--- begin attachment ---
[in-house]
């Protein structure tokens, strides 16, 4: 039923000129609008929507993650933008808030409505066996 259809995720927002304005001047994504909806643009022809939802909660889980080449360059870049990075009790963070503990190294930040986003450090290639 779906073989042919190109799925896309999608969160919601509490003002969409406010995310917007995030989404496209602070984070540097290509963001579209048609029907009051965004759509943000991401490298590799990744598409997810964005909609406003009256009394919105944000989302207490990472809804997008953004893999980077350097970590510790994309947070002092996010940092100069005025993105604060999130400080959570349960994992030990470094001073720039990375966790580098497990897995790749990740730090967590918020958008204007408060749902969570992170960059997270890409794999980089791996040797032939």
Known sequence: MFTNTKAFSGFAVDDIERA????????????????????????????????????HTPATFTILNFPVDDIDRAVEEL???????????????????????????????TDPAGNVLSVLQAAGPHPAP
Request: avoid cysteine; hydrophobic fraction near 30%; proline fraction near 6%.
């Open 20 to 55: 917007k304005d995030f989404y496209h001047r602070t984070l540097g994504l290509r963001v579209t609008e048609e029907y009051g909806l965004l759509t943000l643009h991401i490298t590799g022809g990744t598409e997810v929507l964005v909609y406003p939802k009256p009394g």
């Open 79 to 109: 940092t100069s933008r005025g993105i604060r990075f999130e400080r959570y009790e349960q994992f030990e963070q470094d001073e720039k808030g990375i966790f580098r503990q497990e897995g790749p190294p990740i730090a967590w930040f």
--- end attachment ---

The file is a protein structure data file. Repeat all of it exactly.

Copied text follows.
[in-house]
């Protein structure tokens, strides 16, 4: 039923000129609008929507993650933008808030409505066996 259809995720927002304005001047994504909806643009022809939802909660889980080449360059870049990075009790963070503990190294930040986003450090290639 779906073989042919190109799925896309999608969160919601509490003002969409406010995310917007995030989404496209602070984070540097290509963001579209048609029907009051965004759509943000991401490298590799990744598409997810964005909609406003009256009394919105944000989302207490990472809804997008953004893999980077350097970590510790994309947070002092996010940092100069005025993105604060999130400080959570349960994992030990470094001073720039990375966790580098497990897995790749990740730090967590918020958008204007408060749902969570992170960059997270890409794999980089791996040797032939």
Known sequence: MFTNTKAFSGFAVDDIERA????????????????????????????????????HTPATFTILNFPVDDIDRAVEEL???????????????????????????????TDPAGNVLSVLQAAGPHPAP
Request: avoid cysteine; hydrophobic fraction near 30%; proline fraction near 6%.
């Open 20 to 55: 917007k304005d995030f989404y496209h001047r602070t984070l540097g994504l290509r963001v579209t609008e048609e029907y009051g909806l965004l759509t943000l643009h991401i490298t590799g022809g990744t598409e997810v929507l964005v909609y406003p939802k009256p009394g």
């Open 79 to 109: 940092t100069s933008r005025g993105i604060r990075f999130e400080r959570y009790e349960q994992f030990e963070q470094d001073e720039k808030g990375i966790f580098r503990q497990e897995g790749p190294p990740i730090a967590w930040f």